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Gray Rule
March 2017 | VOLUME 18, NUMBER 2
Gray Rule
Psychological Safety and the Qualities of Team Success
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»AI in Law—It's Here, It's Coming
»The Agile Lawyer—Project Management that Really Delivers
»A Case for Standards in the Legal Industry
»Psychological Safety and the Qualities of Team Success
»Security Awareness Education for the Mobile Workforce
»Intelligent Innovation
»Law Firm Business Development Forecast: Looking Brighter
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Psychological Safety and the Qualities of Team SuccessBy Elaine M. Egan, Head of Research & Information Services-Americas, Shearman & Sterling LLP, New York, NY
Improving employee performance has become a central component in realizing the potential for organizational growth, competitiveness, innovation, talent retention, and success. Over the last two decades companies have seen an increase in the work of teams. If working in teams is the new normal, what are the fundamental elements that create a highly effective team? Google invested hundreds of hours studying how workers can transform productivity by building the ideal team. This article summarizes the results of that study and identifies the qualities that develop team success.

Google's Human Resources People Analytics division dedicates tremendous resources to studying both productivity and employee satisfaction. The People Analytics division compiles data on employee satisfaction, coworker engagement, compensation, work-life balance, and whether employees found their work intellectually challenging. In evaluating employee survey responses, People Analytics observed a pattern where an employee's comments would reference their relationship or experience with their team(s). For example, a respondent might say they really have a good working relationship with their manager but don't feel their team is effective. Comments like this led Google to want to understand what makes a team effective. Based on these survey responses, People Analytics was tasked with the project code-named Project Aristotle (PA). The Project Aristotle team began with an academic review of the literature and studies about team relationships. It seemed to the PA project team that the literature and studies were all over the place. Based on these findings the PA team turned their attention to theories and studies in academic areas focusing on "group norms."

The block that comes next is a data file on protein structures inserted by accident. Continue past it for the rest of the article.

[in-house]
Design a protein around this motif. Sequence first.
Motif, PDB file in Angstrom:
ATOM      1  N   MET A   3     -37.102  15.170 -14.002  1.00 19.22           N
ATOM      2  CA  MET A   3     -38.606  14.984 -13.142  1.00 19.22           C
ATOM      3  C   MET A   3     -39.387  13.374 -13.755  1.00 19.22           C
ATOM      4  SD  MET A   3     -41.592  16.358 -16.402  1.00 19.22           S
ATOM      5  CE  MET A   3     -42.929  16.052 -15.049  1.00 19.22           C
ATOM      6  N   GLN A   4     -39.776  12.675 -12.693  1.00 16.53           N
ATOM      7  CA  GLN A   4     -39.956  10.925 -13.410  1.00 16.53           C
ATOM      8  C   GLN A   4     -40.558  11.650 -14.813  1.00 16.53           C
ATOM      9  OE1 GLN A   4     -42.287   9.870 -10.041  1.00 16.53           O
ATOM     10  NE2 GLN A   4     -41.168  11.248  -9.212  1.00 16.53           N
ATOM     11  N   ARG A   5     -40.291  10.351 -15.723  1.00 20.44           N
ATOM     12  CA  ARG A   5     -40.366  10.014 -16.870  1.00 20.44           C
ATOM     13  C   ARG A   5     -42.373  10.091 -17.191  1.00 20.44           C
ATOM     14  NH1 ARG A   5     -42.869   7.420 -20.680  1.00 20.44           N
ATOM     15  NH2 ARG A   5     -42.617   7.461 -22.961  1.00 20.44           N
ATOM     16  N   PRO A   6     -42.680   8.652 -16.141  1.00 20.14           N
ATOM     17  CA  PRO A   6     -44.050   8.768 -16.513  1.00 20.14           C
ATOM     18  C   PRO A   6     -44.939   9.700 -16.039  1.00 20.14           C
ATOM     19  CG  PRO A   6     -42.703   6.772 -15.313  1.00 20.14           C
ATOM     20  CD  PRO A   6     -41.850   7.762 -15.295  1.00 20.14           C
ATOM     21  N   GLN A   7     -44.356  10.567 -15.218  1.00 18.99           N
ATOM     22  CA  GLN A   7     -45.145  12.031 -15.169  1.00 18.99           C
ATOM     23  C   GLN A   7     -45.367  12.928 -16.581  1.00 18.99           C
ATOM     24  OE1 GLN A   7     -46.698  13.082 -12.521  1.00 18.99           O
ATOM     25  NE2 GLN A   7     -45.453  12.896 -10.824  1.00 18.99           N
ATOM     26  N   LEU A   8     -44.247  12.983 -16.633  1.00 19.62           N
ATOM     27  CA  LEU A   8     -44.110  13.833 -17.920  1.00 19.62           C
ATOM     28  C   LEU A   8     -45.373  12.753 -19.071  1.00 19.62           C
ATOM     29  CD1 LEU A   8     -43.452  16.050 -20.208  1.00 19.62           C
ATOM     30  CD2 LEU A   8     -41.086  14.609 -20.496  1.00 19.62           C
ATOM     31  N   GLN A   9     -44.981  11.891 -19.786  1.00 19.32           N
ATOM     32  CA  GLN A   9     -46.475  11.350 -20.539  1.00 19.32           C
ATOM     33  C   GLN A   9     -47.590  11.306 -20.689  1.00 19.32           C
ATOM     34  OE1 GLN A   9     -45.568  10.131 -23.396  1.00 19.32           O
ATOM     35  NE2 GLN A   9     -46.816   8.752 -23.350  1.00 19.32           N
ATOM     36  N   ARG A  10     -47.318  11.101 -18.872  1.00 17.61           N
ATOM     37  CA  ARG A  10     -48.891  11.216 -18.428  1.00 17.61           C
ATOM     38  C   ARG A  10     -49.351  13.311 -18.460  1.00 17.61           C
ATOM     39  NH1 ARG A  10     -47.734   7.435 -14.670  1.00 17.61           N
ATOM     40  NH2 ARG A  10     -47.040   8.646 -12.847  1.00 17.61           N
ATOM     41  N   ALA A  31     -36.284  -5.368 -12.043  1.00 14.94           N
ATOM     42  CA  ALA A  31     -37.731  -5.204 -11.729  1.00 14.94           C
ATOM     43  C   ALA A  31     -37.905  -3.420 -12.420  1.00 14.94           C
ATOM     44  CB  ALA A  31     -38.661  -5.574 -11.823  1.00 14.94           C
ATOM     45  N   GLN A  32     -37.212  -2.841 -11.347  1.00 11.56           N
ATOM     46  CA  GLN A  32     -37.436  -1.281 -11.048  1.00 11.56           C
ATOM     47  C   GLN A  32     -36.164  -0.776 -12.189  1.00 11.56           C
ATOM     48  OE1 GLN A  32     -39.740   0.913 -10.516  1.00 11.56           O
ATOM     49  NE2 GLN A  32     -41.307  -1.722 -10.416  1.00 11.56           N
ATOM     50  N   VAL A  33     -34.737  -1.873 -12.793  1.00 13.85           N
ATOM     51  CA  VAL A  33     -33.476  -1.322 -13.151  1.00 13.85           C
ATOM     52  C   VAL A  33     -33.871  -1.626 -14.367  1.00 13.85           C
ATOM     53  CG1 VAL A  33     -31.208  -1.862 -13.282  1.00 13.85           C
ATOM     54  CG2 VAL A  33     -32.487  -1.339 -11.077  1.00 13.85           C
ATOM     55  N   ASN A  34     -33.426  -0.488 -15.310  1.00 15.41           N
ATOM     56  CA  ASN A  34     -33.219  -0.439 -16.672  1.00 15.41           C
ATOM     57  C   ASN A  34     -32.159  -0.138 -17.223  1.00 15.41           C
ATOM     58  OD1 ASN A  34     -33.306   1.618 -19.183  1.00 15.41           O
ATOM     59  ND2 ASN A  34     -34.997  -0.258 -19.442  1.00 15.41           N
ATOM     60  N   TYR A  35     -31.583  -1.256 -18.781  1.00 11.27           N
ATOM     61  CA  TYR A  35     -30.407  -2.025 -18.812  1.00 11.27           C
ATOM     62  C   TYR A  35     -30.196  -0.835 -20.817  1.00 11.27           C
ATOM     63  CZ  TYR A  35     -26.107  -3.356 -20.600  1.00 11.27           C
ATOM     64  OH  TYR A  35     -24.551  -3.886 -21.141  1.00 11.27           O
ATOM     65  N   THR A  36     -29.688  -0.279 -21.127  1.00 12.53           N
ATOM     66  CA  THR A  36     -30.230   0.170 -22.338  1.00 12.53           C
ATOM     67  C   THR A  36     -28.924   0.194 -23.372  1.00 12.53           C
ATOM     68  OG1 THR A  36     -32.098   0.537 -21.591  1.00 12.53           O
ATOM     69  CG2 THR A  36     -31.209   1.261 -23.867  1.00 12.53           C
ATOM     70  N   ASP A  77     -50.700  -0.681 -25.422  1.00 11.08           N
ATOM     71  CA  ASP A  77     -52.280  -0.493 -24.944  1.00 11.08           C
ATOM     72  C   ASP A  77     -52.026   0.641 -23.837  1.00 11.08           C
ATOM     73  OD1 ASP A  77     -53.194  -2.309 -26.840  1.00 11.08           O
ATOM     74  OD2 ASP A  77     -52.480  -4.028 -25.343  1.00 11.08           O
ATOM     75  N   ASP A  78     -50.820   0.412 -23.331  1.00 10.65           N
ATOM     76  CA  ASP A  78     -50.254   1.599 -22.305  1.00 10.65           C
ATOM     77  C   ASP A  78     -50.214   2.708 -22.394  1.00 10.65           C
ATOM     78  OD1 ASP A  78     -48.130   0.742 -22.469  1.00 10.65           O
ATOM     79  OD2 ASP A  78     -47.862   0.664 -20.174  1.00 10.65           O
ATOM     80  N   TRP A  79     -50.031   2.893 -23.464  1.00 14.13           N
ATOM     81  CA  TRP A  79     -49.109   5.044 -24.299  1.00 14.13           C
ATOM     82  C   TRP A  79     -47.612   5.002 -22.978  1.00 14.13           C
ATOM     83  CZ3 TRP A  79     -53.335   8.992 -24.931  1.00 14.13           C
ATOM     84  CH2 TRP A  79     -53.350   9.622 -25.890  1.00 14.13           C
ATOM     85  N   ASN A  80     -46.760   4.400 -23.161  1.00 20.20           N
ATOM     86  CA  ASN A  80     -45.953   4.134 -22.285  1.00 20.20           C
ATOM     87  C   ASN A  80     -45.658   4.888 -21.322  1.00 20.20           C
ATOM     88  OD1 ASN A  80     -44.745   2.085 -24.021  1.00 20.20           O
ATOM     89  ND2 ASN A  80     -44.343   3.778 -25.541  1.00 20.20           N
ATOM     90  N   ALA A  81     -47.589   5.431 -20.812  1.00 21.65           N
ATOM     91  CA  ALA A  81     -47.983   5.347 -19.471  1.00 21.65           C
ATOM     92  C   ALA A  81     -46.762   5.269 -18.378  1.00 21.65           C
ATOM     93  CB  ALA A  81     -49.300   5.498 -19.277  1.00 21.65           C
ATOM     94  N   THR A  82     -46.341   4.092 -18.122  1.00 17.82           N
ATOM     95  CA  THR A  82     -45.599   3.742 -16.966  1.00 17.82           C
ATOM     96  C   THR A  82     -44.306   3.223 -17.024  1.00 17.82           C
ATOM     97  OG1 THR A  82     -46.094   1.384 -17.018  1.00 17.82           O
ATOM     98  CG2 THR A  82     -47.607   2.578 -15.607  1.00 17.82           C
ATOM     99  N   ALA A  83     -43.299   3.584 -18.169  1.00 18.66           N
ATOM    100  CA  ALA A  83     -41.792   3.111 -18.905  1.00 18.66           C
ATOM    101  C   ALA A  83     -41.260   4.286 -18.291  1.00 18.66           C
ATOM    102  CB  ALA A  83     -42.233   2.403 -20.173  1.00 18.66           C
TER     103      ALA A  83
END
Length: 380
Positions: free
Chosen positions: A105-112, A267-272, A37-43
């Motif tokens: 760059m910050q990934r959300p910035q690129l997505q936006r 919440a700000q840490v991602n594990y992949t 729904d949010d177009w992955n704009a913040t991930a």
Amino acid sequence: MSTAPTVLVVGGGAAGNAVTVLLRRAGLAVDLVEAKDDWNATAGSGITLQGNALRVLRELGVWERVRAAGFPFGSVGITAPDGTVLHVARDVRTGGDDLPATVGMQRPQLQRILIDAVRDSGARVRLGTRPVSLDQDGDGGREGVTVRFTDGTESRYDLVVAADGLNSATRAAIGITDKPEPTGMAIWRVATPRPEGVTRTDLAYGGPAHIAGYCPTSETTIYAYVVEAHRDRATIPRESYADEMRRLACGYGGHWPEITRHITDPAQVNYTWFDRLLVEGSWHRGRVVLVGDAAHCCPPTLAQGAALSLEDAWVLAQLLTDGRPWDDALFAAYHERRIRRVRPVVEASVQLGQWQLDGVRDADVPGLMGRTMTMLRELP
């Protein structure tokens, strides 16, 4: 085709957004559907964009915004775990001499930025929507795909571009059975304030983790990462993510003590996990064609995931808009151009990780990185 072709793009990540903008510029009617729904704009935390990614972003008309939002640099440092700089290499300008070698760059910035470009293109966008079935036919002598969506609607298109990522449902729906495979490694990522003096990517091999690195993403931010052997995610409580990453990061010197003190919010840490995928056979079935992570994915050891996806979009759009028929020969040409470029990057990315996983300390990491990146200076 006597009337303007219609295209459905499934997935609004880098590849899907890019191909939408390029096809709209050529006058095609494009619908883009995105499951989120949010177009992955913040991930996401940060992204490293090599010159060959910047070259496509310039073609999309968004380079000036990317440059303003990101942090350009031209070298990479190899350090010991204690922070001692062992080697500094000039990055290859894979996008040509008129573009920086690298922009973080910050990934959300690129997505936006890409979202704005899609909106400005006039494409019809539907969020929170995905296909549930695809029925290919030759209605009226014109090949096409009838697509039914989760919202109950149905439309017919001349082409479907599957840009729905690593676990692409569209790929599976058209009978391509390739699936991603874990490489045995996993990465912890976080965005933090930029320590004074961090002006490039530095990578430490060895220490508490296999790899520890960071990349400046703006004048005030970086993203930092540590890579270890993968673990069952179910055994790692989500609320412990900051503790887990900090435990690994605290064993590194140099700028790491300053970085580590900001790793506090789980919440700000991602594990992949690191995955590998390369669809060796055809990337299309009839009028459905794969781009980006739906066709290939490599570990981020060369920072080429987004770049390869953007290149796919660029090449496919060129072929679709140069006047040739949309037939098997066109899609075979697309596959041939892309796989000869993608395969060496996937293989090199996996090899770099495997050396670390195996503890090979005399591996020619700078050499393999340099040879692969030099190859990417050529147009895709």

Psychologists have studied and written extensively on group behaviors and the unwritten codes of conduct that assert themselves within a group. These behaviors then manifest themselves in cultural behavior. These behaviors are most represented by how communication flows within the team. For example, is interruption an accepted model or are static conversational turns enforced? Studies also indicated that individual personality type didn't necessarily align as expected. For instance, when a team is primarily composed of extroverts they might model their behavior to a team's sedate norms while conversely introverts might open up and become more expressive. The collection of the PA team's raw data demonstrated what employees believed made their team effective. Within this framework a baseline for measuring a team's effectiveness moved beyond the team's formal scope, such as hitting sales targets. Google teams are highly diverse both in project scope and functional makeup. For example, a team could be made up of friends who socialized outside of work where other teams are composed of strangers in a conference room. Although Google's data correlated with some elements of team effectiveness, it was survey comments like "my team leader is direct and straightforward which creates a safe space for you to take risks," while others would respond "my team leader has poor emotional control and panics over small issues and keeps trying to grab control." Survey participants referred to their "feelings" more often than expected. What was obvious to the PA team was the influence of group norms as a contributor to the emotional experience of the team. What was observed over and over again was that "safety" was a major influencer in the perceptions about a team. If the group felt drained because of power conflicts or pressure to demonstrate expertise, perceptions of safety were reduced.